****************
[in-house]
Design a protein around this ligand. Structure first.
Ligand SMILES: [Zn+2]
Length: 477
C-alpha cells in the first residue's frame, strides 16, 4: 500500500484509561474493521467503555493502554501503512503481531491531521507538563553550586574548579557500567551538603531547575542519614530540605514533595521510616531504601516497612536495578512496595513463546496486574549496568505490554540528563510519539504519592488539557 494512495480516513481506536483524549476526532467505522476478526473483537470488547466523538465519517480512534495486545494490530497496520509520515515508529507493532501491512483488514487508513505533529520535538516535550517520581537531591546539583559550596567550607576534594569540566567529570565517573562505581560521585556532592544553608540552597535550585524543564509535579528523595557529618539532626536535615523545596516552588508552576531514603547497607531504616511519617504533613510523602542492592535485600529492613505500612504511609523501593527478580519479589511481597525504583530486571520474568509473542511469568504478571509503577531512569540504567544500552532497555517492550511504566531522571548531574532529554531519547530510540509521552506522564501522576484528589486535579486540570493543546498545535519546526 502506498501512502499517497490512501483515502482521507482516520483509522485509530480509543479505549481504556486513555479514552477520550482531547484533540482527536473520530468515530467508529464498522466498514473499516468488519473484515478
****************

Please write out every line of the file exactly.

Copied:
[in-house]
Design a protein around this ligand. Structure first.
Ligand SMILES: [Zn+2]
Length: 477
C-alpha cells in the first residue's frame, strides 16, 4: 500500500484509561474493521467503555493502554501503512503481531491531521507538563553550586574548579557500567551538603531547575542519614530540605514533595521510616531504601516497612536495578512496595513463546496486574549496568505490554540528563510519539504519592488539557 494512495480516513481506536483524549476526532467505522476478526473483537470488547466523538465519517480512534495486545494490530497496520509520515515508529507493532501491512483488514487508513505533529520535538516535550517520581537531591546539583559550596567550607576534594569540566567529570565517573562505581560521585556532592544553608540552597535550585524543564509535579528523595557529618539532626536535615523545596516552588508552576531514603547497607531504616511519617504533613510523602542492592535485600529492613505500612504511609523501593527478580519479589511481597525504583530486571520474568509473542511469568504478571509503577531512569540504567544500552532497555517492550511504566531522571548531574532529554531519547530510540509521552506522564501522576484528589486535579486540570493543546498545535519546526 502506498501512502499517497490512501483515502482521507482516520483509522485509530480509543479505549481504556486513555479514552477520550482531547484533540482527536473520530468515530467508529464498522466498514473499516468488519473484515478